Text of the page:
Mosquito prevention during hurricane season

PHOTO: ELEN11/ISTOCK / GETTY IMAGES PLUS/GETTY IMAGES

PHOTO: ELEN11/ISTOCK / GETTY IMAGES PLUS/GETTY IMAGES

The 2020 Atlantic hurricane season officially got under way June 1, so RISE (Responsible Industry for a Sound Environment) and the American Mosquito Control Association (AMCA) are promoting awareness about the importance of preventing, removing and treating standing water to combat the spread of disease through mosquitoes.

“We encourage every person and community in a hurricane zone to properly prepare to combat the growth of mosquitoes,” Megan Provost, president of RISE, said in a news release. “Disease spreads in multiple ways, and it’s critical to prevent the spread of those that are vector-borne, such as West Nile virus. All members of a community benefit when individuals take the right precautions, including emptying standing water and using mosquito repellents approved by the U.S. Environmental Protection Agency. The specialty pesticide and fertilizer industry remains committed to supporting communities as we all work to prevent the spread of disease and protect public health.”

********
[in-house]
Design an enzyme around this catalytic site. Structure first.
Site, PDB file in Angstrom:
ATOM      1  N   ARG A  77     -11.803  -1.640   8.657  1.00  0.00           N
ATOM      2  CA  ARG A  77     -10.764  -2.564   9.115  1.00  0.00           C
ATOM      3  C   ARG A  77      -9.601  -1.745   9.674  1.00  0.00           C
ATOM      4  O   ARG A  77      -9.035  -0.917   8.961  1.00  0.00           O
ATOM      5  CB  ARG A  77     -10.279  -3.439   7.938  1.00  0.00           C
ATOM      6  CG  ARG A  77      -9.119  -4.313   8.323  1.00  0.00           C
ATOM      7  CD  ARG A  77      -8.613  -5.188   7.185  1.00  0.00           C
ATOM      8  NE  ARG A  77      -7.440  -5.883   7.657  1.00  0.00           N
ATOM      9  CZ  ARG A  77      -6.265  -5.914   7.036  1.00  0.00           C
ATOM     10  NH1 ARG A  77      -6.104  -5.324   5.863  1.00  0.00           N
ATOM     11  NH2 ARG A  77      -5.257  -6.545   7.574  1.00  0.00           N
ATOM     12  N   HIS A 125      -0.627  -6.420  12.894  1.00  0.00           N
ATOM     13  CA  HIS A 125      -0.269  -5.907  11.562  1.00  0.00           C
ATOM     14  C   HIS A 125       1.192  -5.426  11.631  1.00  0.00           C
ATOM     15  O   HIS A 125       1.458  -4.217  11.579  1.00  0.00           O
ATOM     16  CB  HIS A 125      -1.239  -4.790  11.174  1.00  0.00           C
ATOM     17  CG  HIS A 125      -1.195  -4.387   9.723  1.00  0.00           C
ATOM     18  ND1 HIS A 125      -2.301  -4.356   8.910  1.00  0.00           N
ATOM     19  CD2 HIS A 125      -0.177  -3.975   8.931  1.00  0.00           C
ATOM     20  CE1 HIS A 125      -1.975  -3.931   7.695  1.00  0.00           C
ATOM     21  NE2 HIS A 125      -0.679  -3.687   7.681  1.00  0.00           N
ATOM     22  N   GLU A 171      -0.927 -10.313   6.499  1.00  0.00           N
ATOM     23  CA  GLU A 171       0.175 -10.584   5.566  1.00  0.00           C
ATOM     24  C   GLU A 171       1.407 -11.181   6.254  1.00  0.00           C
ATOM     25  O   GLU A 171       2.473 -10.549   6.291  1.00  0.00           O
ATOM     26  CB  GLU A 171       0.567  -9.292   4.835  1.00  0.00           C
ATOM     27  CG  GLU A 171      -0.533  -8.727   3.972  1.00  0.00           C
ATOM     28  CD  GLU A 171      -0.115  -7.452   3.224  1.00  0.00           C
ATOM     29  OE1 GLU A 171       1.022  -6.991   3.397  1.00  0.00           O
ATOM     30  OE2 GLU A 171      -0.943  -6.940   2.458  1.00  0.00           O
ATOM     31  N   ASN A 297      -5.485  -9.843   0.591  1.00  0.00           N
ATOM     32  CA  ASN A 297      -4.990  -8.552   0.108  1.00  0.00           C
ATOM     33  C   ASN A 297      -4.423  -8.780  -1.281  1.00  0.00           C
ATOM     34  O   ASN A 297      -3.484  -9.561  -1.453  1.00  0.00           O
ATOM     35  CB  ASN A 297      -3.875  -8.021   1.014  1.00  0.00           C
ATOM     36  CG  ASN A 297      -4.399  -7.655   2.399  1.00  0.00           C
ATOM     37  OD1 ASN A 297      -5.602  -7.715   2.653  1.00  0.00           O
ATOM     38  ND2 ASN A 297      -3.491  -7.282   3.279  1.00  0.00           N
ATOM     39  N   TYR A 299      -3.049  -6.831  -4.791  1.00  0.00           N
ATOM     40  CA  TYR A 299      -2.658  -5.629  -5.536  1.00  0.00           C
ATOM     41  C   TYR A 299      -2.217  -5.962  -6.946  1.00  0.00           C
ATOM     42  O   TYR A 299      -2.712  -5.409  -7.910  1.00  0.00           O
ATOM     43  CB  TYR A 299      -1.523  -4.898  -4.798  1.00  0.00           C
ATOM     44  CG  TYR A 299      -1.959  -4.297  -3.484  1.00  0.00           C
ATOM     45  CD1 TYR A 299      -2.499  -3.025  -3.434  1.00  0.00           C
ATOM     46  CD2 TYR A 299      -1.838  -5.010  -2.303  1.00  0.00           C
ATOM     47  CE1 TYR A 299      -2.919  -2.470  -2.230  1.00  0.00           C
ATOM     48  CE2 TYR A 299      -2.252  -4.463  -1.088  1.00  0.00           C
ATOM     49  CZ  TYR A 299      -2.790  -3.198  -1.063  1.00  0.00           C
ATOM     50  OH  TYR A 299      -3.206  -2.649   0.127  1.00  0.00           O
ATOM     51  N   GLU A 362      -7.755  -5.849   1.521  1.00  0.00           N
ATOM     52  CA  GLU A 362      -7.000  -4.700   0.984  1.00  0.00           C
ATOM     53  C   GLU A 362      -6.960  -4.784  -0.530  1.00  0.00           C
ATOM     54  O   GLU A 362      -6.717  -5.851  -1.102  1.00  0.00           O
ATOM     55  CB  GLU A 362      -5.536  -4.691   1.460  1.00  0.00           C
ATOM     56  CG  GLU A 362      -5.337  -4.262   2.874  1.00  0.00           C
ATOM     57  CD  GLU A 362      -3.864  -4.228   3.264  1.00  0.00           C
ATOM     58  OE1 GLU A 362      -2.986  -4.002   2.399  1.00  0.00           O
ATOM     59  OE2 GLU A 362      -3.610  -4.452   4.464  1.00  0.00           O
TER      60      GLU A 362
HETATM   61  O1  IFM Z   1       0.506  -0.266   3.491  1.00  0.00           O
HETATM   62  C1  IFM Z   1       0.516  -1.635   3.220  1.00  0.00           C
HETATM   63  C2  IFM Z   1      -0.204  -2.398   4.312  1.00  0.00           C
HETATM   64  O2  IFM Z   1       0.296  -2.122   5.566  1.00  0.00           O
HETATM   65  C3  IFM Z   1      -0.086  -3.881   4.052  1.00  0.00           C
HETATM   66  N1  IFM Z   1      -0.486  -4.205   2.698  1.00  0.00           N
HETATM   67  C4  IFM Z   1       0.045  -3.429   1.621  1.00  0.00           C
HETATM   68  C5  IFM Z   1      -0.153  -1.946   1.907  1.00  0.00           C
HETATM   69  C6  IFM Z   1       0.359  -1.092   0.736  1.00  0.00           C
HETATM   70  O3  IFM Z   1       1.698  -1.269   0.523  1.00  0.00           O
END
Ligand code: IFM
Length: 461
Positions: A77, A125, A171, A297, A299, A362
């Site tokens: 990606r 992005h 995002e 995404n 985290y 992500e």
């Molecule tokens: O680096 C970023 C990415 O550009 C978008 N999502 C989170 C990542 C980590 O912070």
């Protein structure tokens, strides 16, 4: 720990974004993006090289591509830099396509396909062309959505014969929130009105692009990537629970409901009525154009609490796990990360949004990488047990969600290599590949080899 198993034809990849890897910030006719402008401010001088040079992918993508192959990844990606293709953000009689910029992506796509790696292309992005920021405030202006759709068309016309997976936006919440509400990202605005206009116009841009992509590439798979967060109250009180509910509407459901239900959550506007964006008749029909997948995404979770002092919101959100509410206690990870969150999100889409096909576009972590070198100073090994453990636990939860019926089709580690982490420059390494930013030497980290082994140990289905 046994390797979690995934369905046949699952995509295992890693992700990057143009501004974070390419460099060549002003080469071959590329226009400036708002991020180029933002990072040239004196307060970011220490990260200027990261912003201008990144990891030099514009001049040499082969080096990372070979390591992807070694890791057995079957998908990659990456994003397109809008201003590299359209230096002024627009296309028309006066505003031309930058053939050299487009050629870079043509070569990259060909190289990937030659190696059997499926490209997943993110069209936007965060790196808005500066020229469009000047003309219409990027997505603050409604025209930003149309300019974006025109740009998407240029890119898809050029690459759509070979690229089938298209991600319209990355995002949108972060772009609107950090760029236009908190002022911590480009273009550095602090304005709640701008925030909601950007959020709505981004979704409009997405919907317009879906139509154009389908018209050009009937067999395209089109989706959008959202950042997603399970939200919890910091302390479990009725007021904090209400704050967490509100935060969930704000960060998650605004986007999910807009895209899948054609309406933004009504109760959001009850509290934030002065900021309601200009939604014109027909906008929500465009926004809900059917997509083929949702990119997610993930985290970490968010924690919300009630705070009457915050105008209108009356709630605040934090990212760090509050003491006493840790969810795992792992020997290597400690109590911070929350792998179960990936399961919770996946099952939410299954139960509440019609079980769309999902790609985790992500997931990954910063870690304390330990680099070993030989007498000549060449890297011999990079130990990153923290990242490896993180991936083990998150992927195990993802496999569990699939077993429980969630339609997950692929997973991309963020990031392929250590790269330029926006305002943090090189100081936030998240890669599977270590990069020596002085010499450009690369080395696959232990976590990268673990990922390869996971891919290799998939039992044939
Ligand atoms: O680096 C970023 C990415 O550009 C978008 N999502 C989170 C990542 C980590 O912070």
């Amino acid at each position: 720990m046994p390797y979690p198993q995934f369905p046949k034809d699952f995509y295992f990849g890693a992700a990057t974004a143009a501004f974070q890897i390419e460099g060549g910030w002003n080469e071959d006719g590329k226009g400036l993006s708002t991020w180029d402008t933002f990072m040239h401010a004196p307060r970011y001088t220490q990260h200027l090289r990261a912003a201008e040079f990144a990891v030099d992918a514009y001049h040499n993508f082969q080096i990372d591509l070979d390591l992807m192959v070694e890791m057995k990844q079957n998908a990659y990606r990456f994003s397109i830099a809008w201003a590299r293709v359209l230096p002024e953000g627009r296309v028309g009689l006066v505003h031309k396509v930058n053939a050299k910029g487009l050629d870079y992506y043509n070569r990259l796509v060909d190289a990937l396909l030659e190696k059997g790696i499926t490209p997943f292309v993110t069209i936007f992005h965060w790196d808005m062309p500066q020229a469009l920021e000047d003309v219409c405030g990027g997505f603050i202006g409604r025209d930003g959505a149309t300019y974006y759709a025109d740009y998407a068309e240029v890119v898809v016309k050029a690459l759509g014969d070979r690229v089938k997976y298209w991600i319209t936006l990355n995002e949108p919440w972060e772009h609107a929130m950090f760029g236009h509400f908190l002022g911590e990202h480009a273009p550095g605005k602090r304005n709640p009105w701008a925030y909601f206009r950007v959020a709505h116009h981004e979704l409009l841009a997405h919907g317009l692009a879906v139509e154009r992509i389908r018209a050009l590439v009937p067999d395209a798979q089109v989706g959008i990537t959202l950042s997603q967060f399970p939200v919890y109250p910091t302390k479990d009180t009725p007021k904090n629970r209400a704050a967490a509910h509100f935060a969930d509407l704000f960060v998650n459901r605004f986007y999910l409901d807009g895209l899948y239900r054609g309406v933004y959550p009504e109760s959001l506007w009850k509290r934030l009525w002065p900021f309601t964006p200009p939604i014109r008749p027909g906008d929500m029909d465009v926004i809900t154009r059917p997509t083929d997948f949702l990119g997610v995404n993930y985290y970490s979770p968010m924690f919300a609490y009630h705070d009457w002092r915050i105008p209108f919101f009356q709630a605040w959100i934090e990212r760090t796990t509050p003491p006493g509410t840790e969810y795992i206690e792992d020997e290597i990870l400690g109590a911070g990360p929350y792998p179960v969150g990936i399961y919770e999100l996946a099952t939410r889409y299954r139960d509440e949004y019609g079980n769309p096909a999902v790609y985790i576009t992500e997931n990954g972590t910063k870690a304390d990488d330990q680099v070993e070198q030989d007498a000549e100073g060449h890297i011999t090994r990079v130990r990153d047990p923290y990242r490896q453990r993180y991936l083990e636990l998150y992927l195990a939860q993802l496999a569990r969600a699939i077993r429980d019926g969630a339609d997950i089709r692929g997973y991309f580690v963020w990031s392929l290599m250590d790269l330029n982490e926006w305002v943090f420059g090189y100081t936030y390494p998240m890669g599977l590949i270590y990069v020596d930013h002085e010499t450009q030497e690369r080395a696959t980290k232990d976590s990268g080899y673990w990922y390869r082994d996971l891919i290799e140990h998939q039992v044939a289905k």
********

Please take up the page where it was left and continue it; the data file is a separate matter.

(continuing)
AMCA Technical Advisor Joe Conlon agrees. “In the aftermath of severe and prolonged rains from hurricanes, the receding waters leave pools of standing water in new areas where they didn’t previously exist,” he said in a news release. “Combined with the summer heat speeding reproduction, the result can be a drastic increase in mosquito populations.”

The two associations offer the following tips for pest management professionals (PMPs) to share with their clients to reduce the risk of mosquito infestation:

  • Drain all standing water and prevent water accumulation when possible. Check all areas that might hold water, such as tire swings, buckets, bottles, birdbaths, pet bowls, flowerpot saucers, pool toys, and even bottle caps. Cover trash containers and store boats covered or upside down, or remove rainwater weekly from boats.
  • Fill in or drain low places in the yard, such as puddles, ruts and hollow stumps. Keep grass cut short and shrubbery well-trimmed, to eliminate harborage for mosquitoes and other potentially harmful pests.
  • Keep roof gutters free of leaves and other debris.
  • Avoid activities during dawn and dusk, when mosquitoes are most active.
  • Avoid damp grass, which attracts mosquitoes, when taking part in outdoor activities. Dress appropriately in long sleeves and pants.
  • Defend yourself against mosquitoes with a repellent approved by the U.S. Environmental Protection Agency (EPA). The Centers for Disease Control and Prevention (CDC) has more about that topic here.
  • Ensure all doors and windows are intact to prevent mosquitoes from coming in and out of the home.